Monday, February 7, 2011

Did Anyone See That Sketchers Super Bowl Ad?

Like most people last night, I tuned in for the Super Bowl.  Being a hardcore football fan, watching the Superbowl is no different than any other Sunday during the regular season.  However, the extra element of joy comes in the form of commercials.  I always look forward to the creative things companies come up with. 

For example, this year, some of my highlights were the Detroit-based Eminem commercial for Chrysler, the VW Darth Vader commercial, and several of the Doritos commercials.  Each of these commercials brought creativity and not just another rehash of something else we've seen before.  I appreciate those companies that strive for impactful commercials.

On the other hand, there were the Sketchers commercials.  One with Joe Montana and the other with Kim Kardashian.  Both claiming that the shoes essentially solve your problems without you actually needing to do anything.  All you have to do is wear them.  To quote the commercial, "Bye bye trainer, Hello Shape Ups".  Right...

Most people see these kinds of products and jump at them, because they see them as quick fixes.  It's scary to look around these days and see how many people forked over money to buy these with the hopes that it will make you in better shape.  Not to be rude, but when was the last time you actually saw someone in shape actually wearing them out in public?  I almost always see people of the opposite category as the ones who are wearing them.

But before dismissing them based on that fact alone, I wanted to take a closer look at the technology behind it. 

- "Shape Ups are designed to help improve your life by changing the way you walk". 

- The shoe does this through the use of wedge, that "creates natural instability, forcing your body to constantly adjust to maintain proper balance and positioning".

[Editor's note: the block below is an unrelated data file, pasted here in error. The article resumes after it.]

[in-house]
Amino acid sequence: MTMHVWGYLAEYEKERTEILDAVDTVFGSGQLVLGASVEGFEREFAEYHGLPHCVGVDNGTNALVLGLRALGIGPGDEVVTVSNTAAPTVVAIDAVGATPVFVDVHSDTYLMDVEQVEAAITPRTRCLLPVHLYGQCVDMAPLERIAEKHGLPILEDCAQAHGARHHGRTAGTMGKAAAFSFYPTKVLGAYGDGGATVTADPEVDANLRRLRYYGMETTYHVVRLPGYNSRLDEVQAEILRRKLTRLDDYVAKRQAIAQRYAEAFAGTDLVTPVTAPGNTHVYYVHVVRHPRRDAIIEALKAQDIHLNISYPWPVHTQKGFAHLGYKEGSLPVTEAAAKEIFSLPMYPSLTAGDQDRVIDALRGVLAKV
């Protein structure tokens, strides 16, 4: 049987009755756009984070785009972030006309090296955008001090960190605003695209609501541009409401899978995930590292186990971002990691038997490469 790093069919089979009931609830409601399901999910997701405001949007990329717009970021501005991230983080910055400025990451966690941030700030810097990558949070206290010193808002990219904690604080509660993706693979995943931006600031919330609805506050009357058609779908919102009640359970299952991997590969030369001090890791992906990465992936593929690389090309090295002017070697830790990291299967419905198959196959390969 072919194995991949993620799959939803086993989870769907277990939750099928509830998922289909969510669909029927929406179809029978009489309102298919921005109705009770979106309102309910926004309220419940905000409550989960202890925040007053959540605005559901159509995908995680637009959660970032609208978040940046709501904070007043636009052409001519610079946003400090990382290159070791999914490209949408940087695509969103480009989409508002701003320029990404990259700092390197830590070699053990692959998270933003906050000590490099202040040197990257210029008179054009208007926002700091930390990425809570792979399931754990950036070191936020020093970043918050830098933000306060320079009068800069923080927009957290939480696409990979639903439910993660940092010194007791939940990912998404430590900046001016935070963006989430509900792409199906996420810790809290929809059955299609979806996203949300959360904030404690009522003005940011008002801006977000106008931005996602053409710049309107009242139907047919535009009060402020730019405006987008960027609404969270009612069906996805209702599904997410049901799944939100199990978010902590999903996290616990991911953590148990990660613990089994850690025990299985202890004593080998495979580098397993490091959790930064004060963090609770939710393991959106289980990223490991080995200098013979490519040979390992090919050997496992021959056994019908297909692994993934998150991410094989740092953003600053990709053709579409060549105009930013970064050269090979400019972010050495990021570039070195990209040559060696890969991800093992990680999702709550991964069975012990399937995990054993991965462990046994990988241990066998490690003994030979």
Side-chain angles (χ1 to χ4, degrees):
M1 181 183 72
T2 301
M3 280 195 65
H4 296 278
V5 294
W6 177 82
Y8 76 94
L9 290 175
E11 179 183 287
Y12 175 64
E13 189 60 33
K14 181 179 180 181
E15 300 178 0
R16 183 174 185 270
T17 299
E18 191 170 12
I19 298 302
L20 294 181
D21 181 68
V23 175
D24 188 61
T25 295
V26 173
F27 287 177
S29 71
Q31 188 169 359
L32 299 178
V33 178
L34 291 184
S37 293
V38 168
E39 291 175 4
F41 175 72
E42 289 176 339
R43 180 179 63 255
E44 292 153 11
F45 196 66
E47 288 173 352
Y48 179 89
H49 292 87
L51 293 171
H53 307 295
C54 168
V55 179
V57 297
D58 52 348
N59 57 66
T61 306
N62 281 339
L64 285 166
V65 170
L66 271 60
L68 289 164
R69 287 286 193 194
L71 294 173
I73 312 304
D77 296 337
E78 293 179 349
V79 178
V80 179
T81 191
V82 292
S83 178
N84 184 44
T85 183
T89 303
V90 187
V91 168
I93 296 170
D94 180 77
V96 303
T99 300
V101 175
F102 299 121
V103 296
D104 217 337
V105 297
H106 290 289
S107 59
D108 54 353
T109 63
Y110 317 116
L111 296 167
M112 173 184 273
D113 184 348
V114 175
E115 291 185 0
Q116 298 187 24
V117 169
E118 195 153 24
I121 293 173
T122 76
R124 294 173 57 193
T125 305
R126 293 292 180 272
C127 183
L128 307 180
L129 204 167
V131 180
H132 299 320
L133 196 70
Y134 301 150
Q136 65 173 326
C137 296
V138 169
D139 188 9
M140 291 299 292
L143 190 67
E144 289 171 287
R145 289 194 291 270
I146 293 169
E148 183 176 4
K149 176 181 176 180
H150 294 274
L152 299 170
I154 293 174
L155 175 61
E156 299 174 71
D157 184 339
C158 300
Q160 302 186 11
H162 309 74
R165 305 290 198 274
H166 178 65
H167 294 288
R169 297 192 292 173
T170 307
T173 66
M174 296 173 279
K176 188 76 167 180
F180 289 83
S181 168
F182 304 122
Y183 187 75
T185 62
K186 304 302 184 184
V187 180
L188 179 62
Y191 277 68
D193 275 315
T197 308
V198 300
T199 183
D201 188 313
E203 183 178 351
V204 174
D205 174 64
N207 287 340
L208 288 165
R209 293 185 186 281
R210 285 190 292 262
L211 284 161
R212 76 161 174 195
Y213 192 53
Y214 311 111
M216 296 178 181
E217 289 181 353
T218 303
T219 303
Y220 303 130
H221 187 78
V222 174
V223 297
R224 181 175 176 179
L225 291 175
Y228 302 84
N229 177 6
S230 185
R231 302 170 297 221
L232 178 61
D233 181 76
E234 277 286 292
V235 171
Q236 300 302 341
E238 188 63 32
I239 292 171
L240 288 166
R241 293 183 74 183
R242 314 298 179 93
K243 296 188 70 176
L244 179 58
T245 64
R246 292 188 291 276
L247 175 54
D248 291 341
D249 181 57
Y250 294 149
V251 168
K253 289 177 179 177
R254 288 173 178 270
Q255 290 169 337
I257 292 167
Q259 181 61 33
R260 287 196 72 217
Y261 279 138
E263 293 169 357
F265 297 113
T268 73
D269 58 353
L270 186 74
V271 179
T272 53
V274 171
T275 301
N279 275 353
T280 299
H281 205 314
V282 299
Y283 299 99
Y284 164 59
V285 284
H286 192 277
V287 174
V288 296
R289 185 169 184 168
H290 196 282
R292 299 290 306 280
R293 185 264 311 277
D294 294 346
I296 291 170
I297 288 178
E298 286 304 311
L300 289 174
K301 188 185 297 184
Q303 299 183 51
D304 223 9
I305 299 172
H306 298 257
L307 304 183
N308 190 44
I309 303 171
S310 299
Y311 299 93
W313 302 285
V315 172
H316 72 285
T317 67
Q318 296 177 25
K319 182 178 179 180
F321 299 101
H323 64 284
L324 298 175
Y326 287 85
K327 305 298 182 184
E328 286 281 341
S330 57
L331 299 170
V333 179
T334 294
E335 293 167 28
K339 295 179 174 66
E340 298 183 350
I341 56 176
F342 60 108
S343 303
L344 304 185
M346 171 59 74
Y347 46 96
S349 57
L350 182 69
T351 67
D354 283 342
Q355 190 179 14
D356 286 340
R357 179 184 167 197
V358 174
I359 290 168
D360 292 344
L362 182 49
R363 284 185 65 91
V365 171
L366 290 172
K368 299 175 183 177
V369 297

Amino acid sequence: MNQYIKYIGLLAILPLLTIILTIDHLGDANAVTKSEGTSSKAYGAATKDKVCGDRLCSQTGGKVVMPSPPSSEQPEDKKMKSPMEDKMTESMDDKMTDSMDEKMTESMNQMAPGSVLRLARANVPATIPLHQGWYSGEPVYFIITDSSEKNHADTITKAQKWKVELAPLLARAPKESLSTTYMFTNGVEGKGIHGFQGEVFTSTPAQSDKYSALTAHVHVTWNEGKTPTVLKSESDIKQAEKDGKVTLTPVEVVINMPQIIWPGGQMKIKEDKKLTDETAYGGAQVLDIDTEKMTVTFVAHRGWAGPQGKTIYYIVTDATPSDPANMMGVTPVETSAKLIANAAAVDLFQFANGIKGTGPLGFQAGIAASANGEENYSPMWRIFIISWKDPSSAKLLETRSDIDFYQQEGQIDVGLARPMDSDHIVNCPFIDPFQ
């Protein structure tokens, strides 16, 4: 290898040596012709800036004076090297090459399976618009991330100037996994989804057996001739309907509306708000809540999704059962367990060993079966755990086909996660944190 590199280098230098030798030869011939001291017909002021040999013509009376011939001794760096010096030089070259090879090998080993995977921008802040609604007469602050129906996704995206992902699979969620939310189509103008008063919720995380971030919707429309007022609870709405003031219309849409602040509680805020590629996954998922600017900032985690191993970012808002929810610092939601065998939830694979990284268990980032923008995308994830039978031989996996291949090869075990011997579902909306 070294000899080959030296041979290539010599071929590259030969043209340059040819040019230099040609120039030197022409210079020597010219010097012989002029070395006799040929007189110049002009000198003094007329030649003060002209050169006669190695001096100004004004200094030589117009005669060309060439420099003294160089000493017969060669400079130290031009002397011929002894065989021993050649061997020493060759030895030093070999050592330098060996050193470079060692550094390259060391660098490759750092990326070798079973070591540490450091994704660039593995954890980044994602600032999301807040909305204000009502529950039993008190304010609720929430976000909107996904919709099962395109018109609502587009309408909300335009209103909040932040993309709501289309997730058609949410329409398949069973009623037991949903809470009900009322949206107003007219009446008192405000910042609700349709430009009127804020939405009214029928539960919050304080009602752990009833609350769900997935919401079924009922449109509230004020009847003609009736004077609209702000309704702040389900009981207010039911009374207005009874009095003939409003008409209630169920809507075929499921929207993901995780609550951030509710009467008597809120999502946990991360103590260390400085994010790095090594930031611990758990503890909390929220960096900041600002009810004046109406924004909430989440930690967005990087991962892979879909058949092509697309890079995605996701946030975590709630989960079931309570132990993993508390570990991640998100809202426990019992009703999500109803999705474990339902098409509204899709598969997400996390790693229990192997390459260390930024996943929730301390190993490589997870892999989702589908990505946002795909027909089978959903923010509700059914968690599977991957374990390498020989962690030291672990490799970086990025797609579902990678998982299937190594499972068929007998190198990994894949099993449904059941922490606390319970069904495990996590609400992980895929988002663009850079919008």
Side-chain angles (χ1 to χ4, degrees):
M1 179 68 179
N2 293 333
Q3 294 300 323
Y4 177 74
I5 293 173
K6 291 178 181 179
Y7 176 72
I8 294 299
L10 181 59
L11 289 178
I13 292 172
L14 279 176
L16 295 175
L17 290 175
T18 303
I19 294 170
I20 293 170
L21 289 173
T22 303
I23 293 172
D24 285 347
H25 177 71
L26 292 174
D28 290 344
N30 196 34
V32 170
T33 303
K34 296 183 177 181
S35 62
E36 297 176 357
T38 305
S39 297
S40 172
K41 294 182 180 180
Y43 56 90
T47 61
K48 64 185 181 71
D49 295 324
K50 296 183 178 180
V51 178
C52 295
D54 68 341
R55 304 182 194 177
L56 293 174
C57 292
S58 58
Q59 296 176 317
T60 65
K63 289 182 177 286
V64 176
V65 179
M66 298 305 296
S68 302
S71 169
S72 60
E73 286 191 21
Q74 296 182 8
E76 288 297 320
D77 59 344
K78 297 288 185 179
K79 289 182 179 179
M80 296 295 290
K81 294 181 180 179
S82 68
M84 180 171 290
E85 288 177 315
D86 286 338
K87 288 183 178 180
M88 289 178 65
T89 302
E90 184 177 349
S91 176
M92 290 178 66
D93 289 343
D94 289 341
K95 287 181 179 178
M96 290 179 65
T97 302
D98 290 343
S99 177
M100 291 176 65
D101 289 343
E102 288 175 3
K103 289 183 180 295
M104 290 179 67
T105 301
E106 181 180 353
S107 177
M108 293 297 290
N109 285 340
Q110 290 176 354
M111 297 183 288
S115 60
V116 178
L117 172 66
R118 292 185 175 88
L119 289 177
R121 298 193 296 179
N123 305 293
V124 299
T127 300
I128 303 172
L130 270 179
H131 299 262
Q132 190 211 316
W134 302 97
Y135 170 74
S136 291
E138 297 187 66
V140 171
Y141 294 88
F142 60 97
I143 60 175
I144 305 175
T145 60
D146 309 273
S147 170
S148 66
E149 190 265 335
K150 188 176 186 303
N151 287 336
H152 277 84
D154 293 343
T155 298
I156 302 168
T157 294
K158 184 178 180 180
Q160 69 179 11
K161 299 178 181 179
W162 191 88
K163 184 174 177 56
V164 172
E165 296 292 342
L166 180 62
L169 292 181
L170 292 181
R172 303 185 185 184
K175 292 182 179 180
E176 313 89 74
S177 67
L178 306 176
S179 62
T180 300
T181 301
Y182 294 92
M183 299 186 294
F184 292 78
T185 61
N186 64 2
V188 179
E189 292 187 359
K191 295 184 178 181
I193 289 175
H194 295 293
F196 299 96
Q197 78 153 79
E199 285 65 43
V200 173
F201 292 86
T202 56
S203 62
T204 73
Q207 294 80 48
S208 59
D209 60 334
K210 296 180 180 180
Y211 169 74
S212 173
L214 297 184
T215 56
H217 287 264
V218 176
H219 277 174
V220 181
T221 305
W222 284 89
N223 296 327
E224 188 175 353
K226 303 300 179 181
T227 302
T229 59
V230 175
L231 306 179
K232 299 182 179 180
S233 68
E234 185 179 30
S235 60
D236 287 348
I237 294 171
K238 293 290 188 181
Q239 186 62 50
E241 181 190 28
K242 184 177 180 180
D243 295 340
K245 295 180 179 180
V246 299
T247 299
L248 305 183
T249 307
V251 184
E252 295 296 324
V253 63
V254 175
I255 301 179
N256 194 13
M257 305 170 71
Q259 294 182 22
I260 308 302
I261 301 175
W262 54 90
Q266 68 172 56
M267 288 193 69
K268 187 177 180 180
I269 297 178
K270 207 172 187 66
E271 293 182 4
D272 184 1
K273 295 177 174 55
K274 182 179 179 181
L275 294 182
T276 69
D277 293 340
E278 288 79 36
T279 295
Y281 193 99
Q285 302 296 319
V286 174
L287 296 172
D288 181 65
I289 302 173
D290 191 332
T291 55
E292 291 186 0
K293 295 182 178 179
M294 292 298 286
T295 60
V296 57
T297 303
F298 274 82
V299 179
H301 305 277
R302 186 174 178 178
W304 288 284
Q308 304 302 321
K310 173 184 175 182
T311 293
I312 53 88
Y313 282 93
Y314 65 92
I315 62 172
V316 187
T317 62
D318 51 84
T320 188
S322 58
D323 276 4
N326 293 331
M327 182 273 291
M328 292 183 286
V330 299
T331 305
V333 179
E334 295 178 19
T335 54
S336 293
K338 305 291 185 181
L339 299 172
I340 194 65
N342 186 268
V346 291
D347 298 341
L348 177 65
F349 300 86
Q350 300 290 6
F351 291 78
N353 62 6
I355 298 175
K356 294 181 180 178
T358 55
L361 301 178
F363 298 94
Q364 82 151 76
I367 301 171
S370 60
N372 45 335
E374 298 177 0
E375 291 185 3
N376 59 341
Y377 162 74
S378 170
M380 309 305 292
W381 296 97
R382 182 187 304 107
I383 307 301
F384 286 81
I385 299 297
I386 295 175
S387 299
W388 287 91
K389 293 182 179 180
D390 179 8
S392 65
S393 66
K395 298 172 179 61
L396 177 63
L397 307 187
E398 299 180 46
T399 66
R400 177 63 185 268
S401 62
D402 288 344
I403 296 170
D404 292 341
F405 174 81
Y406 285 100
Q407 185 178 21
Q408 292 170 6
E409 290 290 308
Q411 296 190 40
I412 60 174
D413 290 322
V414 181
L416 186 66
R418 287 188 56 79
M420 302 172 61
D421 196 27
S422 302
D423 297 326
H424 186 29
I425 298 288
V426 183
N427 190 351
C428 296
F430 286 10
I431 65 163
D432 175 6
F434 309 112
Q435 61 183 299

- But the shoe also claims "lower impact on joints", because "Shape Ups were designed to simulate a more natural walking surface".

Hmmm.... Let me see if I get this straight.  Our bodies weren't designed correctly, so we need to develop shoes that change the way we walk?  The shoe corrects our poorly designed bodies by creating instability UNNATURALLY through the use of a wedge, which then simulates a more natural walking surface?

Well call me confused!  Seems to be there is a whole lot of contradiction in those statements!  Wouldn't the best way to simulate a natural walking surface be to, you know....walk.  On a surface.  Naturally.

One other fun thing I'd like to point out is that nearly every claim on the site contains the word "may" in it.  So and so "may result in" a stronger back.  Oh, they also use the old "studies have shown" trick.  Really?  What studies?  A quick search yielded a number of class action lawsuits over the past year.  Don't want to do the work and search for them?  Fine - here is a link to one, and an excerpt from it below:


You can thank me by sending your $80-$100, which you would have spent to "get in shape" with these stupid shoes, directly to me.  I accept cash, credit, whatever ;)

Ouch!  Findings like those kinda hurt the street cred.  But what shocks me is that this was back in August 2010!  Here were are, more than 5 months later, and they are still promoting the darn things!  The lesson here is that there are no short cuts to anything.  If it sounds too good to be true, it usually is.

2 comments:

it's all about pace said...

good post... "snake oil" vintage 2011

The Lazy Triathlete said...

I made a very similar, but much less complete, statement when saw the KK commerical for these. There are no quick fixes.

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